curryeater Tue 12-Mar-13 15:02:23

Well if you don't have any skin in the game Larry you are really fucking rude and insensitive because I fucking do, so just agree to be nice to humour me and stop quibbling about how you should be "allowed" to do what you want, or whatever the fuck you are quibbling about, because you won't come out and say it.

larrygrylls Tue 12-Mar-13 14:57:02

Fwiw, this is the actual definition of sexual assault, as opposed to the simplified one.

Sexual assault

(1)A person

(A) commits an offence if— .
(a)he intentionally touches another person (B), .
(b)the touching is sexual, .
(c)B does not consent to the touching, and .
(d)A does not reasonably believe that B consents. .

(2)Whether a belief is reasonable is to be determined having regard to all the
circumstances, including any steps A has taken to ascertain whether B consents.

This is perfectly reasonable as (d) and (2) make it much subtler and take normal human interaction out of it. There is no mention of (d) in the earlier linked-to definition, which I do take issue with.

And, no, I have zero personally invested in this. What is this assumption that to have an opinion on any subject, you need a "personal investment" in it. I have an opinion about life in other solar systems and God. I don't think I have anything personally invested in those, either.

And I wouldn't keep coming back to it if I were not repeatedly asked by name to come back and give my opinion on something. (I can link to multiple posts upthread to make this point if it is in doubt)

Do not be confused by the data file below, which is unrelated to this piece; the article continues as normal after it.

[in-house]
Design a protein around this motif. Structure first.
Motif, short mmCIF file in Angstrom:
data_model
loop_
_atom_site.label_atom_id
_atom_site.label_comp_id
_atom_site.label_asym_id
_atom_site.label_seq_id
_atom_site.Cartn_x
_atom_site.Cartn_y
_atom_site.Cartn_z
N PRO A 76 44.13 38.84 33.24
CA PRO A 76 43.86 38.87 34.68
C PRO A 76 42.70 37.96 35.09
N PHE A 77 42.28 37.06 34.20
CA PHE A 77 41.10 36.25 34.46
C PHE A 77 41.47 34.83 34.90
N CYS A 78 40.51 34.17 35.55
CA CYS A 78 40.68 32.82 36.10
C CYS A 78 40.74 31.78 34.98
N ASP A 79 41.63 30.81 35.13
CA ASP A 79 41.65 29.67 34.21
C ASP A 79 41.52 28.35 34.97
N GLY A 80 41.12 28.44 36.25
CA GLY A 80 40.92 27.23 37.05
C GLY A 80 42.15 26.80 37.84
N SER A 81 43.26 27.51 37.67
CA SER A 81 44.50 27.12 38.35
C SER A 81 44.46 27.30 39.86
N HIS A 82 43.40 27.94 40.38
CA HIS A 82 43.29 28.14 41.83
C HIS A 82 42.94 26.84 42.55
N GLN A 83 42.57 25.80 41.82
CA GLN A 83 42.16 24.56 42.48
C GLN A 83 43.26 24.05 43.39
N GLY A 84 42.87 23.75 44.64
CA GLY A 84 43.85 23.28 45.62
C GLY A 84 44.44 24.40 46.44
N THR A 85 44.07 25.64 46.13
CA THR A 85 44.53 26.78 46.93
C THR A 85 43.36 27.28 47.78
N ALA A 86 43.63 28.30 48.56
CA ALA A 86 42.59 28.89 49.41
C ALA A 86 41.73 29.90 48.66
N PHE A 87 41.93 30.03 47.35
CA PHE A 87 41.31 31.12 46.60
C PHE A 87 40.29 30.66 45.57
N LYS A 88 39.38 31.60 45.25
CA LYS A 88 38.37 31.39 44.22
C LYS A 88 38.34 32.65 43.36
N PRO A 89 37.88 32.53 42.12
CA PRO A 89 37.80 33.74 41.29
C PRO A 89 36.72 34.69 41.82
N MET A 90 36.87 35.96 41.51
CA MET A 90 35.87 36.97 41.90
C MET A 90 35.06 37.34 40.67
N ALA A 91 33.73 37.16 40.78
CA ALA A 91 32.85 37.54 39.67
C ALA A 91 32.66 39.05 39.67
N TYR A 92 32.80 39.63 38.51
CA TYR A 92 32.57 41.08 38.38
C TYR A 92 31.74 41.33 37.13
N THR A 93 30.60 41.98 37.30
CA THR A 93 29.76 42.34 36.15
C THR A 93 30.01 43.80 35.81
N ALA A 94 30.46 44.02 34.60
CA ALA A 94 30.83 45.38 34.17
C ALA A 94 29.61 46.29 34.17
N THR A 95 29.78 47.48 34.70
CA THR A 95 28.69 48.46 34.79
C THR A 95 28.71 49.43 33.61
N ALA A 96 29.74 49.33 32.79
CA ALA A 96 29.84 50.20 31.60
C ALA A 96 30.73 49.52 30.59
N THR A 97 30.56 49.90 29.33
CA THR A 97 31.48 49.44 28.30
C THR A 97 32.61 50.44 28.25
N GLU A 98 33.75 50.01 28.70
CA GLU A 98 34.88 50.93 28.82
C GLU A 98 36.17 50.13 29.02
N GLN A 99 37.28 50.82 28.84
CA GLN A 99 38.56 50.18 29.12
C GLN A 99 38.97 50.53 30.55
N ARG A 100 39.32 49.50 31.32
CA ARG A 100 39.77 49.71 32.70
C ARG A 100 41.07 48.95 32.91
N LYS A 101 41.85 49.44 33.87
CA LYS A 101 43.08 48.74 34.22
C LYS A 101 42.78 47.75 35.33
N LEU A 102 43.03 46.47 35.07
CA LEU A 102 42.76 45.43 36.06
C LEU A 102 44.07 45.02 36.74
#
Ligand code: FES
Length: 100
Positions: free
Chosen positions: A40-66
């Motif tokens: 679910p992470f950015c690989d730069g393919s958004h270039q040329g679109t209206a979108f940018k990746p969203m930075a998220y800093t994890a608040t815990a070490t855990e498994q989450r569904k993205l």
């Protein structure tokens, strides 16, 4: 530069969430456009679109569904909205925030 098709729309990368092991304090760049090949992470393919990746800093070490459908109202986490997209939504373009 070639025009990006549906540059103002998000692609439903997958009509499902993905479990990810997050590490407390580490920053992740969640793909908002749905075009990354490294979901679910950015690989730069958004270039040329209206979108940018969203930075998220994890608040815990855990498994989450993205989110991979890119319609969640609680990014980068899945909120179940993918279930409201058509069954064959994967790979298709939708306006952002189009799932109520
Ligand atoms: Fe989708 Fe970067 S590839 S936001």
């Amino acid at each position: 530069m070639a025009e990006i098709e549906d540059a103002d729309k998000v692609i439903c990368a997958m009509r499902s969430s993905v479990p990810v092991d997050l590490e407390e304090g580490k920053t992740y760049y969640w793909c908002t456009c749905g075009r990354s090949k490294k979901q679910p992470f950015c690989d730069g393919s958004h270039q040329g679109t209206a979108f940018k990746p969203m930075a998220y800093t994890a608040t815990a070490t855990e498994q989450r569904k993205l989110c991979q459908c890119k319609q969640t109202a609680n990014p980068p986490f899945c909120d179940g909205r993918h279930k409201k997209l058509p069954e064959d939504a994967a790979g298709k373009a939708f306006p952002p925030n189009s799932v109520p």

What a great way to shut dialogue down, though, a little nudge nudge, wink wink, we know what you are really like...

curryeater Tue 12-Mar-13 14:27:35

It's not trivial. Not to me, not to Larry. I am arguing for my bodily autonomy and he is arguing for his male privilege to disregard it.

curryeater Tue 12-Mar-13 14:26:41

Right, running. good question. Exactly.

If I am asked to do something that I think is trivial, but that matters to the other person, I will do it. I will address people as they like (not that this is trivial), I do not let dc take pork into muslim CM's home, I watch out for things that cost me little but matter a lot to others.

Why does this cost so much for Larry to do - so much that he can't bear to accept it and he has to argue at such length against it?